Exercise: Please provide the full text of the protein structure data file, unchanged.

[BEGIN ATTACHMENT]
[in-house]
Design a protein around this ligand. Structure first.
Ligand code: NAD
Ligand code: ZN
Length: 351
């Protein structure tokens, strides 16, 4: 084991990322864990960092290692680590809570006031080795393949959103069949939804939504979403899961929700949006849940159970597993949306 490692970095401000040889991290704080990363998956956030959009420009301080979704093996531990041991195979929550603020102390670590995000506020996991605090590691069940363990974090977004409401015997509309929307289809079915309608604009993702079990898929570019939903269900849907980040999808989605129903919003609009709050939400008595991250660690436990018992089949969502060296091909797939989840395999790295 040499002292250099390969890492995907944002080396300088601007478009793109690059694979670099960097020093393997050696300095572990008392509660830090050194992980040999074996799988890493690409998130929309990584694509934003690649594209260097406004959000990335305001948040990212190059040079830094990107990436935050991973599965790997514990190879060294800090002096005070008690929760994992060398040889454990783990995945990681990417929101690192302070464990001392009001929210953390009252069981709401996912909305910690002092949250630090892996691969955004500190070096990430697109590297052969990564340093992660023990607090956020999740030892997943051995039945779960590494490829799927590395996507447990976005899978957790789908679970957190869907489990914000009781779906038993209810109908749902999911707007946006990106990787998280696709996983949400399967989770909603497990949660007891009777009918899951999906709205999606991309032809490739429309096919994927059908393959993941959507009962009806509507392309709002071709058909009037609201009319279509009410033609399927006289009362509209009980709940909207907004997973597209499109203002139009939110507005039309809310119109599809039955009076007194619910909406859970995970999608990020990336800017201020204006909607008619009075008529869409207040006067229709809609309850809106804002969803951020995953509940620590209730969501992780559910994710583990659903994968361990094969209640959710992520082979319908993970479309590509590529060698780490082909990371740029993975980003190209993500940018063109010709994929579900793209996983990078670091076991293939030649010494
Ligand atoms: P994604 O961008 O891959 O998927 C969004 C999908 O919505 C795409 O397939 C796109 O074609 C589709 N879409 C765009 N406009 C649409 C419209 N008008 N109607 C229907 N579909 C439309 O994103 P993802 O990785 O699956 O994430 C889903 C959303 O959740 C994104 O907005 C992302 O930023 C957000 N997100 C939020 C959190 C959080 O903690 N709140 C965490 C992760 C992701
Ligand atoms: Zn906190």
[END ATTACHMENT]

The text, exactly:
[in-house]
Design a protein around this ligand. Structure first.
Ligand code: NAD
Ligand code: ZN
Length: 351
């Protein structure tokens, strides 16, 4: 084991990322864990960092290692680590809570006031080795393949959103069949939804939504979403899961929700949006849940159970597993949306 490692970095401000040889991290704080990363998956956030959009420009301080979704093996531990041991195979929550603020102390670590995000506020996991605090590691069940363990974090977004409401015997509309929307289809079915309608604009993702079990898929570019939903269900849907980040999808989605129903919003609009709050939400008595991250660690436990018992089949969502060296091909797939989840395999790295 040499002292250099390969890492995907944002080396300088601007478009793109690059694979670099960097020093393997050696300095572990008392509660830090050194992980040999074996799988890493690409998130929309990584694509934003690649594209260097406004959000990335305001948040990212190059040079830094990107990436935050991973599965790997514990190879060294800090002096005070008690929760994992060398040889454990783990995945990681990417929101690192302070464990001392009001929210953390009252069981709401996912909305910690002092949250630090892996691969955004500190070096990430697109590297052969990564340093992660023990607090956020999740030892997943051995039945779960590494490829799927590395996507447990976005899978957790789908679970957190869907489990914000009781779906038993209810109908749902999911707007946006990106990787998280696709996983949400399967989770909603497990949660007891009777009918899951999906709205999606991309032809490739429309096919994927059908393959993941959507009962009806509507392309709002071709058909009037609201009319279509009410033609399927006289009362509209009980709940909207907004997973597209499109203002139009939110507005039309809310119109599809039955009076007194619910909406859970995970999608990020990336800017201020204006909607008619009075008529869409207040006067229709809609309850809106804002969803951020995953509940620590209730969501992780559910994710583990659903994968361990094969209640959710992520082979319908993970479309590509590529060698780490082909990371740029993975980003190209993500940018063109010709994929579900793209996983990078670091076991293939030649010494
Ligand atoms: P994604 O961008 O891959 O998927 C969004 C999908 O919505 C795409 O397939 C796109 O074609 C589709 N879409 C765009 N406009 C649409 C419209 N008008 N109607 C229907 N579909 C439309 O994103 P993802 O990785 O699956 O994430 C889903 C959303 O959740 C994104 O907005 C992302 O930023 C957000 N997100 C939020 C959190 C959080 O903690 N709140 C965490 C992760 C992701
Ligand atoms: Zn906190």